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Hong Kong: City of skyscrapers, green hills and big crowds. The destination is popular with travellers from all over the world, as well as with business people staying only for a stopover and expats temporalily living here. Especially because the metropolis is so different from other big cities. So diverse regarding the mixture of urban development and nature. And because Hong Kong is so international, some visitors might even wonder whether Hong Kong belongs to China at all. Its proximity to mainland China, the history as former British Crown Colony and the current status as special administrative region with its variety of influences make Hong Kong unique in all respects. Despite all the popularity some visitors describe Hong Kong as a very busy and packed city, where people always seem to be in a hurry, pushing through the streets and into full subways without a smile on their faces or even give attention to others. Our impression of Hong Kong is a completely different one. As we get into a taxi at the airport, the driver welcomes us in impeccable English. On the street locals stop and ask whether we need any help with directions, as we obviously seemed confused when navigating with Google Maps. We haven´t encountered such a situation for quite a while. Not only the fact that apps like Google Maps actually work perfectly is unusual for us when travelling within China. Also fun fact of being approached in crystal-clear English is a bit irritating for us at first, in a completely positive way of course. And for sure there is a big difference between travelling to Hong Kong from a Chinese megacity like Shanghai, or from another part of the world. The pure dimensions, the density of skyscrapers and the crowds can be overwhelming when visiting for the first time. But it seems we got used to quite a few circumstances by now…
Hong Kong´s size and diversity are overwhelming! Hong Kong is one of the most densly populated cities in the world. Nearly 7.5 mn people live on 1.105 km², which results in a population density of 6.500 people per km². (in Germany only 230 people live on 1 km²). Furthermore the city of Hong Kong is not only a concentration of living- and business compounds, but consists of several islands. That´s why the cityscape is not only dominated by highrise buildings, but disrupted by green hills, which makes the metropolis so unique.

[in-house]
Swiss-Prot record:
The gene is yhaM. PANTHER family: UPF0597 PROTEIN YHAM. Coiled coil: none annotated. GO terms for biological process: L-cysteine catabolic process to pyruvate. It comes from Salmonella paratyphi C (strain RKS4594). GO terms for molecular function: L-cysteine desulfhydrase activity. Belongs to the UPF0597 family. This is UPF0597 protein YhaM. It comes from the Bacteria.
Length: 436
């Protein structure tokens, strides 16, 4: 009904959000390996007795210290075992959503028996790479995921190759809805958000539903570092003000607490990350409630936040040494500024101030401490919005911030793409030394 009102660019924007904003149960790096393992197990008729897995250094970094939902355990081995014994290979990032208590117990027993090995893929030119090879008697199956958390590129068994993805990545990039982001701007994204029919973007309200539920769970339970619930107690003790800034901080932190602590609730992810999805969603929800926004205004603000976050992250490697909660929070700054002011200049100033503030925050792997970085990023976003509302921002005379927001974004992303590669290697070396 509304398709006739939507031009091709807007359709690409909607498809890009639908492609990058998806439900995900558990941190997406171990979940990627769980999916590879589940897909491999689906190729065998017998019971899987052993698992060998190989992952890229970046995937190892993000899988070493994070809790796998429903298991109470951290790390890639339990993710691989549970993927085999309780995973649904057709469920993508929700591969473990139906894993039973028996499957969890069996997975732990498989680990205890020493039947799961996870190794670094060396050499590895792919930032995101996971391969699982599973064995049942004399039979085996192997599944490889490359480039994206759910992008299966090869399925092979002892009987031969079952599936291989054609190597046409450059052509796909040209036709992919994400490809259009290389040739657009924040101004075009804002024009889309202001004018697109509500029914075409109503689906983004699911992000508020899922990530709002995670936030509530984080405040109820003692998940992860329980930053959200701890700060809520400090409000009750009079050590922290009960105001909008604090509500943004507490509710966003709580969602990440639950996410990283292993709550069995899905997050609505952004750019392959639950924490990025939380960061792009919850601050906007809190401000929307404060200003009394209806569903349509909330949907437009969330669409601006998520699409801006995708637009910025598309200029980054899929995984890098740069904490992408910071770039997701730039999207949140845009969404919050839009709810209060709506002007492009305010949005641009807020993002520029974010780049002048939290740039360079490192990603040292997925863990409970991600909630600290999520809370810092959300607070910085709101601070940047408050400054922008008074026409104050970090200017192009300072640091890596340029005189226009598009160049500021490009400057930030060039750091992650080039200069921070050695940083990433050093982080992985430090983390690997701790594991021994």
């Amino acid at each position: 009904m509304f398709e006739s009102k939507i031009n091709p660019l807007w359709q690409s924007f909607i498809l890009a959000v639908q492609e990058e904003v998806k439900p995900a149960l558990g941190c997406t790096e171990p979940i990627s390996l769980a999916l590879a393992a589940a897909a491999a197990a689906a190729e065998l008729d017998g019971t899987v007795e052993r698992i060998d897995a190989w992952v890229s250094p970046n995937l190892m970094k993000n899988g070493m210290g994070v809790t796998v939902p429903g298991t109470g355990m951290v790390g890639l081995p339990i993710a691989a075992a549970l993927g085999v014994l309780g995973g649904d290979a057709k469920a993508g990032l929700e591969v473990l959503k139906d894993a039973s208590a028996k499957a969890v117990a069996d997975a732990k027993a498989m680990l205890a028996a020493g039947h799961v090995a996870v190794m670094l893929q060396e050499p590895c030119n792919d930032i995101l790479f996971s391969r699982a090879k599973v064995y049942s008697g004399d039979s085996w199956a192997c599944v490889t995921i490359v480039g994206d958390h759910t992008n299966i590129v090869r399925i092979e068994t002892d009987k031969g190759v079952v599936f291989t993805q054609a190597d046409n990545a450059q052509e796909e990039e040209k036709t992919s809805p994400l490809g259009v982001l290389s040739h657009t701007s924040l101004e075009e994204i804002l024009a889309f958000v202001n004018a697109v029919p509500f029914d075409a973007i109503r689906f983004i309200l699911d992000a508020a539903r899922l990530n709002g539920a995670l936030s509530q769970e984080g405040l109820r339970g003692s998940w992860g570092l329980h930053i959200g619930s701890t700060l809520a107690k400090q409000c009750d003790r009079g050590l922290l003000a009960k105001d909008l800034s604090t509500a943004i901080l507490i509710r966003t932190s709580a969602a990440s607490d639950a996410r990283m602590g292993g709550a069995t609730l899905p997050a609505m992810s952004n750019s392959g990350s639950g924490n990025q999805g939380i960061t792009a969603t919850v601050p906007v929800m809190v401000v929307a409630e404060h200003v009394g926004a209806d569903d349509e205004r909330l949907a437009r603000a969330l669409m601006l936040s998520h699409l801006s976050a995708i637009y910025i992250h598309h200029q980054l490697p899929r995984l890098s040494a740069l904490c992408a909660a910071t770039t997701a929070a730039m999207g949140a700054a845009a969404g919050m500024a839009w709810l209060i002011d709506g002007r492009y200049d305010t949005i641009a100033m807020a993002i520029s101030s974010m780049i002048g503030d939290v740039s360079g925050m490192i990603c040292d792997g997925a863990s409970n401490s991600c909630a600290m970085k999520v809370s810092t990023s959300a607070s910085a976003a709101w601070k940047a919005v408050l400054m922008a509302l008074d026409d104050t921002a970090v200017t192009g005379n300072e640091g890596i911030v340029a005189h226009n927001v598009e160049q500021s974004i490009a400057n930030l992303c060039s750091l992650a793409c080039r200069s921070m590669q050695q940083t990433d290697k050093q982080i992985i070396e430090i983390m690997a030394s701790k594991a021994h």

All these facts combined make it quite clear: There are countless to do´s and opportunities to explore the city and the surrounding islands. Also it explains Hong Kong´s popularity with fans of big city lights as well as naturelovers and of course all the people who love the miture of both. So what to do in Hong Kong? Here are my personal tips for Hong Kong:
#1 Island hopping
Starting with exploring the city center of Hong Kong means you will hop between islands: The former industrial area of the peninsula Kowloon and the modern part on Hong Kong Island are separated by the sea. Of course both parts are connected by a modern subway system (MTR). But in order to combine transportation with some sightseeing you should definitely take the ferry between Kowloon and Hong Kong Island. A ride with the traditional Star Ferry, which is in operation since 1888 already, isn´t only cheap as the ferry is part of the public transportation system. Also the frequent and fast connections are a plus. Not to mention the Wow-effect the view of Victoria Harbour and the skyline offers in return. A ride with the star ferry is definitely a must when visiting Hong Kong.
The regular ferry connections are also a great and easy opportunity to explore different islands and you should make sure to check some of them out! Besides Hong Kong´s biggest island , Lantau Island, there are quite a few smaller ones worth discovering. Even an excursion to Macao is an easy daytrip.
#2 Hiking in & around Hong Kong
Even if hiking normally isn´t a typical activity on a citytrip, it’s a no brainer that going outdoors needs to be high up on your to do list for Hong Kong, at least in my opinion. After living in Shanghai for more than a year now, I cannot take it for granted to change sneakers for hiking boots and just seemlessly dive into nature. In Hong Kong this isn´t a problem at all. There are plenty of hiking routes. To get an overview check out the websites DiscoverHongKong, HongKongHikes or TimeOut HongKong. After having the agony of choice we decided for two urban hikes and in addition a daytrip to Lantau Island.
#2.1. Victoria Peak: Hong Kong´s landmark mountain